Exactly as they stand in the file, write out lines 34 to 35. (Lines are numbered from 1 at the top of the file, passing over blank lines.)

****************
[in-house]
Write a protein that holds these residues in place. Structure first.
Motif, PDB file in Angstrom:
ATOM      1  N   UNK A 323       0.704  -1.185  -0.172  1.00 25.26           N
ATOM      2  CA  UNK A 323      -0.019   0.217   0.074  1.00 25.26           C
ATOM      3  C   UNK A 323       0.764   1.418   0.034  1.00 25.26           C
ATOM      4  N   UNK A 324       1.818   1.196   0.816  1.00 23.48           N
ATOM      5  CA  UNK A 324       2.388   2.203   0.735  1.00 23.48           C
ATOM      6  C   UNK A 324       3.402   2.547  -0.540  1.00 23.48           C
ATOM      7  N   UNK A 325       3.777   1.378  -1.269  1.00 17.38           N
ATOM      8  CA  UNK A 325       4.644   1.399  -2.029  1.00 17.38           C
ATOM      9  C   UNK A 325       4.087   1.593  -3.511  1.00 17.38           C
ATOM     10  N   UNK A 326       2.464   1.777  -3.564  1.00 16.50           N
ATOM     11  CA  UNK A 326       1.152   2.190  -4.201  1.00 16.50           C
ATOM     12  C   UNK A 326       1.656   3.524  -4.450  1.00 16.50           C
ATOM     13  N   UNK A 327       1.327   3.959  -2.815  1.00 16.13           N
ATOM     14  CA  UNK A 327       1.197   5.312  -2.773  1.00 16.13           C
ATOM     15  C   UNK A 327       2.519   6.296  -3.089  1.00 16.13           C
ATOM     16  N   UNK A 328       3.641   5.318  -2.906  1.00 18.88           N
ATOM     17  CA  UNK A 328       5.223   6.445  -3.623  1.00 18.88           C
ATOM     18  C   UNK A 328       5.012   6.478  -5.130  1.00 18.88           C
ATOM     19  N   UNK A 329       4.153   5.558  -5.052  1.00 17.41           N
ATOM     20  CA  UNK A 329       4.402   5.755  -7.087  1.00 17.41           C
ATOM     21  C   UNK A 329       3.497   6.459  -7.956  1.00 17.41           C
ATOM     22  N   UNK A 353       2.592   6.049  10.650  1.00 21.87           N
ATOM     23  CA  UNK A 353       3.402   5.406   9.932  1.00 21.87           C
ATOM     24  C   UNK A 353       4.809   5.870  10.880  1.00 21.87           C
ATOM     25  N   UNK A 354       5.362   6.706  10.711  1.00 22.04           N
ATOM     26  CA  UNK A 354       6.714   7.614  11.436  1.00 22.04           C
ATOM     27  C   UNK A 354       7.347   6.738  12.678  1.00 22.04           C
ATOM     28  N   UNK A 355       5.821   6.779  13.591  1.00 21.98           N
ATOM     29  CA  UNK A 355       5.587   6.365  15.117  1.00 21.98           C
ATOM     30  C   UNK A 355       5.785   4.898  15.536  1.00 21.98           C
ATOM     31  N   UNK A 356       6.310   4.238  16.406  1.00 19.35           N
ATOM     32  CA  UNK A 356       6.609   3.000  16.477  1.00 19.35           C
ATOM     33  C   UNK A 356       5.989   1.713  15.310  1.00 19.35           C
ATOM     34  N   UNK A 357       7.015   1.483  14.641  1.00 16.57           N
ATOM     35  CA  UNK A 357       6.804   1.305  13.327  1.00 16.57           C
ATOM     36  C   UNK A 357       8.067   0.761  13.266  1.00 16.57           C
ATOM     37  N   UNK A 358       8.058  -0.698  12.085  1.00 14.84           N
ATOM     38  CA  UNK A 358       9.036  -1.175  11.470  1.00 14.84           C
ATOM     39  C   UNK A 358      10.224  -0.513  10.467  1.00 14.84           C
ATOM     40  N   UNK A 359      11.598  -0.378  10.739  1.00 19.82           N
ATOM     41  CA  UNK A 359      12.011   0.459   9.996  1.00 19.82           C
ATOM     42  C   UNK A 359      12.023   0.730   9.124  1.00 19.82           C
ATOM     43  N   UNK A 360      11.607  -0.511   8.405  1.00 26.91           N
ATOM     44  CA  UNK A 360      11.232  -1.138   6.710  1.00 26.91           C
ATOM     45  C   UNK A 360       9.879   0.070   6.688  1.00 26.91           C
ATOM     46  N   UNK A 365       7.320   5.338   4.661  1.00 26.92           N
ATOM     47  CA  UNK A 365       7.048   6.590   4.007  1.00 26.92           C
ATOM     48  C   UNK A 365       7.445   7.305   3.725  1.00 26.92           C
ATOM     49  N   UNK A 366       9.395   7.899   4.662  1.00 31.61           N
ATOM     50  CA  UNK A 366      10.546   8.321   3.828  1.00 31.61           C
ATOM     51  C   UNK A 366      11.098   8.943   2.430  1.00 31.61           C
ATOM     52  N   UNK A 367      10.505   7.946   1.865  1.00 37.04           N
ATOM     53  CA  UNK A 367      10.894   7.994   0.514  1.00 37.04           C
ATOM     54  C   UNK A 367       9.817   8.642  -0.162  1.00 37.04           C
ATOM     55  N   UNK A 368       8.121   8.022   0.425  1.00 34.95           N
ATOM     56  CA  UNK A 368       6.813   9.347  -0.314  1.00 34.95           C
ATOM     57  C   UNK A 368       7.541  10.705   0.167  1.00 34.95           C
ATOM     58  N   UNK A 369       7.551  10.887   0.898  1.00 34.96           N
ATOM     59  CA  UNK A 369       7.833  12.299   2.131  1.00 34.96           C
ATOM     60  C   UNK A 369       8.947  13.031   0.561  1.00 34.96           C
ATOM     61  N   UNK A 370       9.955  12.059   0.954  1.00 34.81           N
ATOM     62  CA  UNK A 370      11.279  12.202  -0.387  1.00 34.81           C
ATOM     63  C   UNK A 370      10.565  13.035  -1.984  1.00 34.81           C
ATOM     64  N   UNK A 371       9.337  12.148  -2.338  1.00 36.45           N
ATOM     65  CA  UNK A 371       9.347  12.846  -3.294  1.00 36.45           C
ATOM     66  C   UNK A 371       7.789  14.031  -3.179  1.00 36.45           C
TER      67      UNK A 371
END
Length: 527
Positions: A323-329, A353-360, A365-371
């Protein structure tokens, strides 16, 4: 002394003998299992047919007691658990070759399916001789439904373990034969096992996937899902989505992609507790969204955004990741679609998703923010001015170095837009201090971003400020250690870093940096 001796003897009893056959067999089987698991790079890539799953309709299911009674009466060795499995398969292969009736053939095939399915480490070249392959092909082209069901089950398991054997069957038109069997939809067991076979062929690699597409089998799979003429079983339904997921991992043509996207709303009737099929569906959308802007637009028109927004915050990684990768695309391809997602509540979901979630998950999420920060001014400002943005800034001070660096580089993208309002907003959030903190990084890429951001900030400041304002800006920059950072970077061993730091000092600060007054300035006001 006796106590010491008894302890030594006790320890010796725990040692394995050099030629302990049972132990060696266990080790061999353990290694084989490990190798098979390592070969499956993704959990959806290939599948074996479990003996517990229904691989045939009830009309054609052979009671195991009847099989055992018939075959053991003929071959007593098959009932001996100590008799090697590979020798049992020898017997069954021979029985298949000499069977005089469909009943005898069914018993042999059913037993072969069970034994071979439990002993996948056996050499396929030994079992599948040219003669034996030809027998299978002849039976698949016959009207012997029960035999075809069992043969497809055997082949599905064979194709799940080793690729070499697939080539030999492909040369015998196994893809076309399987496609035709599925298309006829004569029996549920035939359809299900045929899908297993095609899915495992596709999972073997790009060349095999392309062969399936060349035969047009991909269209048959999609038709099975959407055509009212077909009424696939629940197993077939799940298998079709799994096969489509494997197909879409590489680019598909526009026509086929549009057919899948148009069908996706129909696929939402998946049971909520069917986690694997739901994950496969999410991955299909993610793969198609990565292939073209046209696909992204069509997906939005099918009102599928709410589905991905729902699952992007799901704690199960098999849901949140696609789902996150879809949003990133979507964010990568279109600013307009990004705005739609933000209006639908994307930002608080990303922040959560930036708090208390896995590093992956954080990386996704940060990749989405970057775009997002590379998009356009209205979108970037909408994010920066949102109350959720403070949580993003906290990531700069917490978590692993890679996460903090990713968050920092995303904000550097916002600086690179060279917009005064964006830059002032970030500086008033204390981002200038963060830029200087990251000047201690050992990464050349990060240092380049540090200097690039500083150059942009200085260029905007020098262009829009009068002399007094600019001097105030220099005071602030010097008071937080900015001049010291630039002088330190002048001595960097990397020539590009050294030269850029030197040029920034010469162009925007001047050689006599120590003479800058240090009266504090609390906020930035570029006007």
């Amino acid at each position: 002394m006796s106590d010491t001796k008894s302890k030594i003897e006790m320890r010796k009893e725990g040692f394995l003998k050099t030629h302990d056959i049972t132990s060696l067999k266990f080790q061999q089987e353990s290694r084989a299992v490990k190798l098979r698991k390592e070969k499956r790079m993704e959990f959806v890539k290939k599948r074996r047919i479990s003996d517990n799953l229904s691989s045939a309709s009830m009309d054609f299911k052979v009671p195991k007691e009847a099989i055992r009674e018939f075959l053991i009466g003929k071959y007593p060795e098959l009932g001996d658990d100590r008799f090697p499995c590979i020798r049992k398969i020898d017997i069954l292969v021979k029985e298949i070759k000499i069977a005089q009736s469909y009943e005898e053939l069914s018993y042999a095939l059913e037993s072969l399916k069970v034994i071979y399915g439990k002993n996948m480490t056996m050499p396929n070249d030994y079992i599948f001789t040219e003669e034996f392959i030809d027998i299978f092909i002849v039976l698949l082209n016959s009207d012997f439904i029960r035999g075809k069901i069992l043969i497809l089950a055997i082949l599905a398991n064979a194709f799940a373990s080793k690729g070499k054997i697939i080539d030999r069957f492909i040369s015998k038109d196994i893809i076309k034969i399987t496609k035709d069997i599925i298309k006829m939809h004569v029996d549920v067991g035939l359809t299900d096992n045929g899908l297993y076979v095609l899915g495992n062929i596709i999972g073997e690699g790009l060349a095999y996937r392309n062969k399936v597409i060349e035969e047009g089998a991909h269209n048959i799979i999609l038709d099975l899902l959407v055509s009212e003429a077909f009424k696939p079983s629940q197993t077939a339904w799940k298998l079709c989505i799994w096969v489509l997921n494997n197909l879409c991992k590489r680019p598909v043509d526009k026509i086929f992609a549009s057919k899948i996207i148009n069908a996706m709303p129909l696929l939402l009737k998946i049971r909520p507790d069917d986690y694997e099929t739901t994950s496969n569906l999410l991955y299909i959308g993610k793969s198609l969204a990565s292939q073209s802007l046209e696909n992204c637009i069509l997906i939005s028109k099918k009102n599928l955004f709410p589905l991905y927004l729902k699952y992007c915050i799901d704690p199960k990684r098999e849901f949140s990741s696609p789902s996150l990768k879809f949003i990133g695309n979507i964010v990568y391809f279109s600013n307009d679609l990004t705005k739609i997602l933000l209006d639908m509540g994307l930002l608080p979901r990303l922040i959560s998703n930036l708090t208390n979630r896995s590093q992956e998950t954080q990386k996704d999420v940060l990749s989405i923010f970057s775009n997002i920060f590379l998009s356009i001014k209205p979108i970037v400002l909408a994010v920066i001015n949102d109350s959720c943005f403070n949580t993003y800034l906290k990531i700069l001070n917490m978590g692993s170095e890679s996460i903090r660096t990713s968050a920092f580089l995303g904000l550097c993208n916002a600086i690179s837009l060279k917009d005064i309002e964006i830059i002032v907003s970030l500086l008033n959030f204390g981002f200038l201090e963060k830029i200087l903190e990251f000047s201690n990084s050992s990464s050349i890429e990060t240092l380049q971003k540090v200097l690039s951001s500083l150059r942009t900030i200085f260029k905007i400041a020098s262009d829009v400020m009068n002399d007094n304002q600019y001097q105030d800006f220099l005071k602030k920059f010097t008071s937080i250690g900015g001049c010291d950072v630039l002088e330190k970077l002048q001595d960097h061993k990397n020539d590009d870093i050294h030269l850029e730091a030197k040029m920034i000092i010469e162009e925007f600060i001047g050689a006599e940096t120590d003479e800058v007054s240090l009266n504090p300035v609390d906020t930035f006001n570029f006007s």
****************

ATOM     31  N   UNK A 356       6.310   4.238  16.406  1.00 19.35           N
ATOM     32  CA  UNK A 356       6.609   3.000  16.477  1.00 19.35           C